Shipbroking and shipping services provider SSY has released its latest update on the tanker markets, with a focus on US crude oil exports
US crude oil exports have increased significantly since traders began lifting shale oil derived crude oil out of ports on the US Gulf. SSY noted that US crude oil exports rose above 3M b/d in August 2019, with the driving forces being new pipelines opening up from the Permian Basin to ports on the US Gulf.
LOOP remains the only crude oil export facility in the USA capable of directly loading a VLCC. Its capacity is five or six VLCCs per month. Elsewhere VLCCs are loaded via lightering.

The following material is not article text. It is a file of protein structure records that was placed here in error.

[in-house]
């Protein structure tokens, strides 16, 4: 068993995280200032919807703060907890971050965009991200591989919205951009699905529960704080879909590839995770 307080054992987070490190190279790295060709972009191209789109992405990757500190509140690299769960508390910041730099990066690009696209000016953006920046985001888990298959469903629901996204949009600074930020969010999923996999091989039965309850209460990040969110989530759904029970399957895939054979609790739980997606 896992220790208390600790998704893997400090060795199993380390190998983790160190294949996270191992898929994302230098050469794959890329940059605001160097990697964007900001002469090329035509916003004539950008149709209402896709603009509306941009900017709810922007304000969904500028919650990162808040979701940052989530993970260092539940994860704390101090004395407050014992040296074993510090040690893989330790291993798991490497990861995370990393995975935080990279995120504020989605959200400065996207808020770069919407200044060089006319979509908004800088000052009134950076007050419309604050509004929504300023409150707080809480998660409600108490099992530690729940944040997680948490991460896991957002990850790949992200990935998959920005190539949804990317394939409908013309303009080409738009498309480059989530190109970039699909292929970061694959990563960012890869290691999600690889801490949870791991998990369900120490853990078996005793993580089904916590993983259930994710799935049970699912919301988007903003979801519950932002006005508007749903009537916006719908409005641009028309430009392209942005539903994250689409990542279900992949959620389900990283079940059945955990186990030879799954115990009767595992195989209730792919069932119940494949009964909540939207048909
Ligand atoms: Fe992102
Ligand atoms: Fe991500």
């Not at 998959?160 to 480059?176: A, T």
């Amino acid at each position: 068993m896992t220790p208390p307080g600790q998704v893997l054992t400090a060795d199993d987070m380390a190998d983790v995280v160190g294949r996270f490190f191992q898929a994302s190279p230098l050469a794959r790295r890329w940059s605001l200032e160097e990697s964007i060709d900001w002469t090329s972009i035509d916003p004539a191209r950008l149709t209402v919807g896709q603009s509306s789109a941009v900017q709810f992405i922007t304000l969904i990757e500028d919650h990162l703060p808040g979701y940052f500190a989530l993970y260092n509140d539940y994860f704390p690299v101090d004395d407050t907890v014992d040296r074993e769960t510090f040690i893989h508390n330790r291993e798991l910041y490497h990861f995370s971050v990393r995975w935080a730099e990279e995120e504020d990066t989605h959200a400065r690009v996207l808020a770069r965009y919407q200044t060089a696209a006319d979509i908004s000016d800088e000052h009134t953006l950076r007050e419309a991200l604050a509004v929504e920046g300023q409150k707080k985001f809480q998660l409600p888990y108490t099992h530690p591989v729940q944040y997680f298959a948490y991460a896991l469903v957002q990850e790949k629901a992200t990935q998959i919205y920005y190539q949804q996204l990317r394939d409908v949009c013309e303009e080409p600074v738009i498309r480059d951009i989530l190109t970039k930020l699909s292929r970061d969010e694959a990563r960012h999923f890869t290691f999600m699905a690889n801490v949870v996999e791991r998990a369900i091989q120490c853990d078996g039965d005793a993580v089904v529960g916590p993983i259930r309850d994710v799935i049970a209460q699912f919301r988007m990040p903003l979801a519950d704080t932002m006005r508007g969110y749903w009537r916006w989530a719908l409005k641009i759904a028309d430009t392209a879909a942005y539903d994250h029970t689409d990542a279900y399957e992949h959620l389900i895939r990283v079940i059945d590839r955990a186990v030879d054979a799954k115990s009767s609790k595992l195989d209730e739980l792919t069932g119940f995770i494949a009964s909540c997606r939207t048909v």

SSY lists the following pipeline and port developments as driving the growth:
There are also Suezmax tanker berths projects that will be online by the end of 2019, operated by:
Taken together, SSY expects US exports to rise to around 4M b/d, compared to an average of 2.85M b/d in January 2019.
SSY noted that VLCC activity in the US Gulf falls into two main scenarios. VLCCs delivering cargoes into the US Gulf and then loading export cargoes spend around 3-4 weeks in the region. VLCCs ballasting into the region spend around 1-3 weeks, the shorter time derived from VLCCs that have part loaded at Moda Ingleside (see above). SSY expects VLCCs and Suezmaxes ballasting into the Atlantic Basin will increase as Brazil’s crude oil output increases and Asian demand for North Sea and Urals grade crude oil increases. The squeeze on tonnage, says SSY, will increase volatility in the tanker market.